When they started playing games with external ISPs the government of the day stepped in and essentially told them to hive off the infrastructure as a separate company. So now we have Telecom (renamed to Spark, which I hope isn't an indication of things to come) and Chorus which is responsible only for the network. The government put in place certain controls to limit Chorus' ability to play favourites or whatever and also charged them with installing fibre nationwide (as far as is currently practical, so mainly main centres at present).

          Chorus installs and maintains the networks and rents out use of same to the various providers.

          Spark now becomes just another ISP vying for customers along with any other ISPs. Currently I have the ability to choose from at least 4 or 5 main providers (all offering deals I might say) over fibre or still VDSL if that is your preference although I can't see that choice lasting long as most fibre offerings are priced around the same as ADSL/VDSL. There are probably more but I can't be arsed looking them up.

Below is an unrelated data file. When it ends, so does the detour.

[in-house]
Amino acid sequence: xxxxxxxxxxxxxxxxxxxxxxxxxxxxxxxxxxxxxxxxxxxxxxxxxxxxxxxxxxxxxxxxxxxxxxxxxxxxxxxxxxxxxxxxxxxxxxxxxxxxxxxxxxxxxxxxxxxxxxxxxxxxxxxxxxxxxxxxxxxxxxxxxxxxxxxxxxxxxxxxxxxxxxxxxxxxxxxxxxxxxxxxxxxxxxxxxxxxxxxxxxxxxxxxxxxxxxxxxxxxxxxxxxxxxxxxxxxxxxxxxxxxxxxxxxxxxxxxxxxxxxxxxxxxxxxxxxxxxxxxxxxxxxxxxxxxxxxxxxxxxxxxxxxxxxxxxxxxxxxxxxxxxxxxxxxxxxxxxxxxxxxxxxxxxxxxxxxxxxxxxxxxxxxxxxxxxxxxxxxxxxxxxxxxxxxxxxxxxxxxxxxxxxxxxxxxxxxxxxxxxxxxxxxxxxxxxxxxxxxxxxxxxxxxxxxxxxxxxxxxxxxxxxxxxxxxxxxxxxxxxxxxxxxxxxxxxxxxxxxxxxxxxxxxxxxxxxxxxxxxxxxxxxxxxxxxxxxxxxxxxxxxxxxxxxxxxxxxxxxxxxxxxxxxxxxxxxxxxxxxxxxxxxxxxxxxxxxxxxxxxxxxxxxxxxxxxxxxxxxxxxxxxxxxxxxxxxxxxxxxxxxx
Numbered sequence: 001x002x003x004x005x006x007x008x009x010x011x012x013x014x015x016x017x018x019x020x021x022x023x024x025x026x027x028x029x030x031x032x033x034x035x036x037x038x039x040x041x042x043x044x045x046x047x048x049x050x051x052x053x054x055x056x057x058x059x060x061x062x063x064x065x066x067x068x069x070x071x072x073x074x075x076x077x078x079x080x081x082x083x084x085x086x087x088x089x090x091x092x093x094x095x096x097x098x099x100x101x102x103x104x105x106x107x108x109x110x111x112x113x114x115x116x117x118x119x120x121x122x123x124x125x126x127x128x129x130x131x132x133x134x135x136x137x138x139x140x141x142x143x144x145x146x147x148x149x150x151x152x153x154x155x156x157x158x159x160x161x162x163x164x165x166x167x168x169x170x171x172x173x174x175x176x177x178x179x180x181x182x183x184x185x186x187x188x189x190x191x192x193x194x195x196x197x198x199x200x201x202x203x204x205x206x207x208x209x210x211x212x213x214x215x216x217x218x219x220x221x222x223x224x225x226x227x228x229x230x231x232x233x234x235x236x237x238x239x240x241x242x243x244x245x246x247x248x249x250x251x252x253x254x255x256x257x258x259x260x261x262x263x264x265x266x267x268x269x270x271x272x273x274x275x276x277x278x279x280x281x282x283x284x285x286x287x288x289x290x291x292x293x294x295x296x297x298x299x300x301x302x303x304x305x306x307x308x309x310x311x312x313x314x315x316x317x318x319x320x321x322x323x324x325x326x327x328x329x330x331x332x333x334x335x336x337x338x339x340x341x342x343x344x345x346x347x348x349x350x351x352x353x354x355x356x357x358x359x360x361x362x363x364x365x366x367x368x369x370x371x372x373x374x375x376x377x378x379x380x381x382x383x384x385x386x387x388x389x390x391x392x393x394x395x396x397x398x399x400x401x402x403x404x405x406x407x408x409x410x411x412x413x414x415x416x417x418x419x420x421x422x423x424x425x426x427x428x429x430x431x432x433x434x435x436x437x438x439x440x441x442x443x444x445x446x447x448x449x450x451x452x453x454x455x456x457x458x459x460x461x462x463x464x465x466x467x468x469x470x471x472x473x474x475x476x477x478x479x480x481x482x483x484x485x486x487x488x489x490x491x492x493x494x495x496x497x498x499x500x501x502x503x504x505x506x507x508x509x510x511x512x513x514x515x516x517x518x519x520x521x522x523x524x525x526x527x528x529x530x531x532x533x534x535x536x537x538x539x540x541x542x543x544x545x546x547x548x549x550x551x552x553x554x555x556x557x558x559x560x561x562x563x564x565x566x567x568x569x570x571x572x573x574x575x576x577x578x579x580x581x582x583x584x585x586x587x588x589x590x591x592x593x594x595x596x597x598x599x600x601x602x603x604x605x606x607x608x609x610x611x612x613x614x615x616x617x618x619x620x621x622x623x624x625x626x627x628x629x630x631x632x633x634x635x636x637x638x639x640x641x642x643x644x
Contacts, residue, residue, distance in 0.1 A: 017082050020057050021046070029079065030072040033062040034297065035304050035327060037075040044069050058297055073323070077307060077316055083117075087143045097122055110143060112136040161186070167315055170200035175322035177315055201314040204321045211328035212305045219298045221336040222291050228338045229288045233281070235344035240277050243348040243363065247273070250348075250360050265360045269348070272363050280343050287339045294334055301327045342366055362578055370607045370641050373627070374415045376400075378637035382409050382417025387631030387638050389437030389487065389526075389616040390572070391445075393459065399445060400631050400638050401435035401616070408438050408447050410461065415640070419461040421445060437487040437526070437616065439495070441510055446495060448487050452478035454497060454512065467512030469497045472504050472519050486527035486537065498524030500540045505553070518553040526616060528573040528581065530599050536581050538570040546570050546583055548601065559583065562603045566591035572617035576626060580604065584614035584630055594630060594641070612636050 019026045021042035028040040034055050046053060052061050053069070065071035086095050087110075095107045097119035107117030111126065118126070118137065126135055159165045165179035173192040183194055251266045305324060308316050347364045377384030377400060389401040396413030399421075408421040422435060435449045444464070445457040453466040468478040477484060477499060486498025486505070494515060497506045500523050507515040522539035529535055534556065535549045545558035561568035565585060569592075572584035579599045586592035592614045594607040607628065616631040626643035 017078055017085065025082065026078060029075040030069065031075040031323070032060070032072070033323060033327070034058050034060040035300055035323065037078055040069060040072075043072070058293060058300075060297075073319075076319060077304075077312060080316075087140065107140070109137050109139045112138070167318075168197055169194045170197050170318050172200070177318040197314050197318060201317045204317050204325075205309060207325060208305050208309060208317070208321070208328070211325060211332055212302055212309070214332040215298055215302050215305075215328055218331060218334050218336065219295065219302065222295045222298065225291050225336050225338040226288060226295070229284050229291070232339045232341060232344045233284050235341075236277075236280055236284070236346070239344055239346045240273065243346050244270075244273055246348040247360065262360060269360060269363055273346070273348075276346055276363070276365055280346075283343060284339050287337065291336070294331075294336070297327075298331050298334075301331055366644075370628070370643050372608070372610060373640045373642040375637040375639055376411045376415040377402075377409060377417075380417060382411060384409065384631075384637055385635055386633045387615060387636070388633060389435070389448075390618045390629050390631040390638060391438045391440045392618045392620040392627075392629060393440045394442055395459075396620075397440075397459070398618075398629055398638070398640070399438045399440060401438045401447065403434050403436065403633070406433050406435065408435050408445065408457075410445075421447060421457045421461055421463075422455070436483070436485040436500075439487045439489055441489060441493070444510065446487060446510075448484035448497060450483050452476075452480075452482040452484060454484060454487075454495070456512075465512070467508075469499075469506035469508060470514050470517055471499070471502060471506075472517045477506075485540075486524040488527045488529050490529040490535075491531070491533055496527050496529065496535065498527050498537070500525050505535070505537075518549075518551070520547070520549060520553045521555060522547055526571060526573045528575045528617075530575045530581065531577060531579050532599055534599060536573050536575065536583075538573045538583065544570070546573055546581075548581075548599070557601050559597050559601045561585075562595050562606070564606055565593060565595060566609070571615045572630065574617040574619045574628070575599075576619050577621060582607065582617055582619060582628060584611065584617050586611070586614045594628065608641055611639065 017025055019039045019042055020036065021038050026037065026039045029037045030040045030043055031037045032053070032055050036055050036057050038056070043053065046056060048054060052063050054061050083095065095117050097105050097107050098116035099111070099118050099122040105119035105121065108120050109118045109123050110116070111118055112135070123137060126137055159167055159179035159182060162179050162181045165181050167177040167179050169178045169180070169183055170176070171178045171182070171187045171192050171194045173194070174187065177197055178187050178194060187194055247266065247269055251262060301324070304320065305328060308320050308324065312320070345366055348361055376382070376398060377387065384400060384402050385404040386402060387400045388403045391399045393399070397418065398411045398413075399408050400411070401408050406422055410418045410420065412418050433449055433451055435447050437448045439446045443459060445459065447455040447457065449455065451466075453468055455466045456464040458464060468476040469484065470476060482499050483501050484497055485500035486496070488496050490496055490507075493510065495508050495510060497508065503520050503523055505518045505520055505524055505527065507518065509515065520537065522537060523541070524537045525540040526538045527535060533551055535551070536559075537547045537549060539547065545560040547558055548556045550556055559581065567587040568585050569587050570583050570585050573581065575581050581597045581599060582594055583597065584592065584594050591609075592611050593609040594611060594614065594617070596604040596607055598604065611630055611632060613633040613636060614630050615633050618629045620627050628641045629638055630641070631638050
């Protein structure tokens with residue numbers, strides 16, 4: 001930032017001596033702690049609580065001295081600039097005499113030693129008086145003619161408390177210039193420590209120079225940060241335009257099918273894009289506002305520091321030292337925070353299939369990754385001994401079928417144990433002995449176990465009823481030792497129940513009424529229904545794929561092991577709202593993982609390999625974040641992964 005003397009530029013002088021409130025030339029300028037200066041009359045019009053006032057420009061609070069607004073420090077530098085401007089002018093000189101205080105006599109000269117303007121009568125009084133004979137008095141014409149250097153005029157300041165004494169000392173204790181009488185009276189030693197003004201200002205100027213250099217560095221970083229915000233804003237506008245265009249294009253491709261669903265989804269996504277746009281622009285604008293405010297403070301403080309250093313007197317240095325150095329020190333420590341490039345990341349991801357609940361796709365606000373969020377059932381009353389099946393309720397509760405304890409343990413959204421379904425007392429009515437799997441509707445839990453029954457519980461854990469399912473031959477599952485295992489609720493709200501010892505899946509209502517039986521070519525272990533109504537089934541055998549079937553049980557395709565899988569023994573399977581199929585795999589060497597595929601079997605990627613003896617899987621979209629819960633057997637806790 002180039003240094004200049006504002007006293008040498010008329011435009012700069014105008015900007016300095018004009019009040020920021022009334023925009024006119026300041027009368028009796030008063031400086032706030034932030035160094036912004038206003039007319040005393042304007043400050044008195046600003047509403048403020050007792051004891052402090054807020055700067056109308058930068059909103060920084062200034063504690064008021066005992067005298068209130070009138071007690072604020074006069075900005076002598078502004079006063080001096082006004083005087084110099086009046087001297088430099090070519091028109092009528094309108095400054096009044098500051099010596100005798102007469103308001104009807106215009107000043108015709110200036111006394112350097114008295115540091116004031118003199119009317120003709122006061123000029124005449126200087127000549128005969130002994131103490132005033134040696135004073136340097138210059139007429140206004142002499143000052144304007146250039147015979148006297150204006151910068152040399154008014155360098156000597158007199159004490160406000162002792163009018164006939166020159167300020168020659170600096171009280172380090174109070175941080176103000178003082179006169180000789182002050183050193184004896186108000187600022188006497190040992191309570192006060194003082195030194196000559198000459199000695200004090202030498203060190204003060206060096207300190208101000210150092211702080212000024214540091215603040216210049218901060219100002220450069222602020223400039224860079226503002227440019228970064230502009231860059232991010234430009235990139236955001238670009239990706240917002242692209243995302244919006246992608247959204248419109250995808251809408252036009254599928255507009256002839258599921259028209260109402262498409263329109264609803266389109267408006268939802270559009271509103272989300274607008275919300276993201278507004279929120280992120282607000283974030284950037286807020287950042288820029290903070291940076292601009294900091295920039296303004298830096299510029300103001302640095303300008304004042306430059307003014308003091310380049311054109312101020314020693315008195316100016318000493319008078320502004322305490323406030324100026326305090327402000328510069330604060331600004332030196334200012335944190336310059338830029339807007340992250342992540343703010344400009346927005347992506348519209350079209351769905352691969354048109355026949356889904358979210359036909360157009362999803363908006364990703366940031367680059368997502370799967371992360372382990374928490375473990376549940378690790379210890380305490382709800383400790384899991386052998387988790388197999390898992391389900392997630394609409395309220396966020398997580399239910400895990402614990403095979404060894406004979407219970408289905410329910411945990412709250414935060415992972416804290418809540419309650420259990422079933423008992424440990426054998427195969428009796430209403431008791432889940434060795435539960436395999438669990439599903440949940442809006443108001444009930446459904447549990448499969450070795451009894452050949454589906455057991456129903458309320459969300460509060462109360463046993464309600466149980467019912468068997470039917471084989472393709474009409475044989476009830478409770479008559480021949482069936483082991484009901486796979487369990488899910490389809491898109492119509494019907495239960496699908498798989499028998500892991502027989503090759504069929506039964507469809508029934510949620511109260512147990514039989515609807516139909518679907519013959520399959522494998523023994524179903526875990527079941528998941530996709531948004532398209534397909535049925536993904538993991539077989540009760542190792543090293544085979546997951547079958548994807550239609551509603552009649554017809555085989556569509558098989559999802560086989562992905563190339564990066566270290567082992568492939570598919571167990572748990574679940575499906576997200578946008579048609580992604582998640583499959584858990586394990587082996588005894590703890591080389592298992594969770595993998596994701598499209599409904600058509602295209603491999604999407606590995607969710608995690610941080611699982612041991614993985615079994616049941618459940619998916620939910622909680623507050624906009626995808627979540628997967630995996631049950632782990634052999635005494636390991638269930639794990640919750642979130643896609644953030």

So, what we have is a private company (possibly with some government shares in it, I know not) but regulated to a point to prevent any jiggery-pokery. Seems to work very well for us.

          I love a free market, but some times it needs a little regulation to keep the sharks at bay.

          I may have some of the details not quite right, but in essence, the above is the way it more or less works

  6. Stu Mac

    DJT is all about devolving power back to the States and trimming the Fed Fat so he should be just fine with this.